Talent Development

Where Do College Students Want to Work, and Why?

By Ian GoverJune 3, 2014

As graduation season concludes, the country’s brightest young minds are about to enter the workforce. So how do you attract the best young talent to your company and develop its next generation of leaders?

It may help to know which companies today’s college students want to work for, and what’s important to them in choosing their ideal job.

A recent survey of more than 46,000 undergraduates across America by consulting firm Universum gave insight into not just the companies students were hoping to work for, but also the values that were important to them in making that choice. Some of the results run counter to much received wisdom about what “millennials” want.

Most Popular Companies

The choice of company was of course influenced by the students’ major, but some companies ranked highly in multiple categories.

Google, for example, was no. 1 for both computer science and business students, no. 2 for humanities students, and no. 3 for engineering students.

Walt Disney Co also did well: it was the top choice of humanities students, and the second choice of business students. And Apple was no. 3 among both business and computer science students.

Important Values

Everyone knows that company loyalty is dead, and young employees are into job-hopping, right?

So it may surprise you to learn that undergraduates ranked “job security” no. 2 on the list of things they were looking for from their future employers.

Top of the list was respect for employees, and also in the top 5 were a creative, dynamic and friendly work environment, and professional training and development.

You may have noticed that there’s been no mention of money yet. In fact, “high future earnings” ranked way down at no. 9 on the list, below things like ethical standards, managers who will support their employees’ development, and leadership opportunities.

Again, that goes against the prevailing view of young people as being materialistic. The long-running American Freshman survey, for example, found that the number of college freshmen whose objective was to “be very well off financially” rose from around 40% in the 1960s to more than 70% in recent years. But this new survey by Universum suggests that in choosing a future employer, future earning power is not a top consideration.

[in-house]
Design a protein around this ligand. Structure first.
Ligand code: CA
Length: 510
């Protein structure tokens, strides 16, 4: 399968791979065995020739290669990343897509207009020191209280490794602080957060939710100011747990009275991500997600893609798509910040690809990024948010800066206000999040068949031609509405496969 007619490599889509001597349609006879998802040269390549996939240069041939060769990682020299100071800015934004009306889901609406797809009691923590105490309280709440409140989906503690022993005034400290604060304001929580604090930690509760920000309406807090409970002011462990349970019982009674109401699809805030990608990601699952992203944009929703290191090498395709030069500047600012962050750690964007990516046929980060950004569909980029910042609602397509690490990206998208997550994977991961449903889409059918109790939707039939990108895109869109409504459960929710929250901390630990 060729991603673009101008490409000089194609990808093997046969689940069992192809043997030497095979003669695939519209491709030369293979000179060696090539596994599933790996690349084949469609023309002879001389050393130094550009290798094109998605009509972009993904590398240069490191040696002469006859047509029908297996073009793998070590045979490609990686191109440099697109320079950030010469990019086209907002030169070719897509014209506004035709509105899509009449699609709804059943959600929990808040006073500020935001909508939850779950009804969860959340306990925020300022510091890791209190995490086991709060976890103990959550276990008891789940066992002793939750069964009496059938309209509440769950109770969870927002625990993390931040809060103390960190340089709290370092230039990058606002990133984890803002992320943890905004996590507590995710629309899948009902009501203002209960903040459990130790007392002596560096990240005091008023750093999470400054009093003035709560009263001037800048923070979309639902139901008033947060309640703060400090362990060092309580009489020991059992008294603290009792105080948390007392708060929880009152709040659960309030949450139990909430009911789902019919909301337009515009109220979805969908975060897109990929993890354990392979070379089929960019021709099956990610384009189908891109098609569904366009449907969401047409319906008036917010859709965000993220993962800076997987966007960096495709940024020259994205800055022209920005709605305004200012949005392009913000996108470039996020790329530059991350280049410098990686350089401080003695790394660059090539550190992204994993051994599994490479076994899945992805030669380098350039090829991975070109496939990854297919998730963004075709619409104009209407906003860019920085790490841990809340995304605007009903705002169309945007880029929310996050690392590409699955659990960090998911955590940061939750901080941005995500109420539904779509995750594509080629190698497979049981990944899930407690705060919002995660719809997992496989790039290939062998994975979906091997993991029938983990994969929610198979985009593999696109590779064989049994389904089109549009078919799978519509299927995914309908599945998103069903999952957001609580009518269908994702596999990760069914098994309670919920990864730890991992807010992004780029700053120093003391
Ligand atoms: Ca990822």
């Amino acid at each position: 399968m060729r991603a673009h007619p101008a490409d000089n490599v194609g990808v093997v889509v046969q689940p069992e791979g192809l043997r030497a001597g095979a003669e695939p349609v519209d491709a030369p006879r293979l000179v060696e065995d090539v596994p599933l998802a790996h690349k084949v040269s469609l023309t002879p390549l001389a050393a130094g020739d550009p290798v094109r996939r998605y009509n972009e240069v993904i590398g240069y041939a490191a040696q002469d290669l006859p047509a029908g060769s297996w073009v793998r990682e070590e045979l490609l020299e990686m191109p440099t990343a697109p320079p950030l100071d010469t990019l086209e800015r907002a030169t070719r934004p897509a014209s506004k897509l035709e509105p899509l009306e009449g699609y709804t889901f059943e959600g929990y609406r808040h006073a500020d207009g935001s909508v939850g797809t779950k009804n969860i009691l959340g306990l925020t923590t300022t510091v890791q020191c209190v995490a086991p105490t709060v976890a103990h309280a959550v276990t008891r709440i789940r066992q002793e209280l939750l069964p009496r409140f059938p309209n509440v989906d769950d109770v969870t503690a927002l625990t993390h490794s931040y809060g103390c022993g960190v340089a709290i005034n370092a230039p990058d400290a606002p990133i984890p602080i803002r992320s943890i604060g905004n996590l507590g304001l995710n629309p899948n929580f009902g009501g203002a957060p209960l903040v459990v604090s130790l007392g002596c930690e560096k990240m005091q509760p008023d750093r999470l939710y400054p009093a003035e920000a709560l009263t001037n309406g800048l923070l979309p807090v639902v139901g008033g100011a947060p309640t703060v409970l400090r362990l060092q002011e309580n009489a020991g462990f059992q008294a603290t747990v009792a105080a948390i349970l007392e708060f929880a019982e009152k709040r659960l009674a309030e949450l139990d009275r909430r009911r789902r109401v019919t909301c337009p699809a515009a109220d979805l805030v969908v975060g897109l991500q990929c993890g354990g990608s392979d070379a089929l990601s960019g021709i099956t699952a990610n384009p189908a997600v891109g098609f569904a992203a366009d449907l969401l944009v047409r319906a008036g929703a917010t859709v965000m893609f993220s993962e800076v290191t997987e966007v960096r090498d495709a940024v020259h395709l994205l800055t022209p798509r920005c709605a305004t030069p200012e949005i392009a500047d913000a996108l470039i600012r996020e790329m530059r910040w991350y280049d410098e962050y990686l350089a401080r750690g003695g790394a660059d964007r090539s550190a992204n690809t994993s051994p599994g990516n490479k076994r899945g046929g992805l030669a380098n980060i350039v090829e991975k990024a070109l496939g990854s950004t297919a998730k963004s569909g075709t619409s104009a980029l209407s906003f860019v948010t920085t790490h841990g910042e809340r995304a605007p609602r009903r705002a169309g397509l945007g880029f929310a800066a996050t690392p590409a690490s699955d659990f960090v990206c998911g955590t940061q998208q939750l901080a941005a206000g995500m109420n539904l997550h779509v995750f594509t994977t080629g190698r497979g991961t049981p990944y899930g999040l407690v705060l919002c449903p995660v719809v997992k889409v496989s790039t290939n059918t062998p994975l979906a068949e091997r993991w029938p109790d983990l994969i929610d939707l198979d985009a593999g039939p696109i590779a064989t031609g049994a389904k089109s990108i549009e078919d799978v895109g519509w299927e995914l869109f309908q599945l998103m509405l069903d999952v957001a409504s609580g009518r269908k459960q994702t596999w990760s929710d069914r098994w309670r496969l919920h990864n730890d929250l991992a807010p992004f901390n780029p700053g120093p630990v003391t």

What To Do

If you want your company to be more attractive to the next generation of leaders, you could of course study what the top companies on the list are doing, and adopt some of their practices. We wrote about Google’s innovative use of big data in its hiring practices here, for example.

But you could also focus on the values espoused by today’s undergraduates, and find your own ways of fulfilling them. If you can provide the main things that 46,000 young people are looking for in an employer, you’ll make your company an attractive destination.

The data suggests that salary promises shouldn’t be your top priority. It’s more about instilling values like respect, creativity and ethical standards in your organization, and communicating those values clearly to prospective employees.

And don’t forget about items 4 and 6 on the list: “professional training and development” and “leaders who will support my development.” You can meet those needs with a well-thought-out mentoring program. Separate research published in Harvard Business Review showed that mentoring was important to high-potential young employees, and was not being provided adequately by their employers. Being the company to meet that need could help you differentiate yourself from your competitors in the war for talent.

For more ideas on how to develop tomorrow’s leaders, check out “Why Your Emerging Leaders Need Mentors.”


Ian Gover

Ian Gover

Co-Founder at Everwise

About the Author

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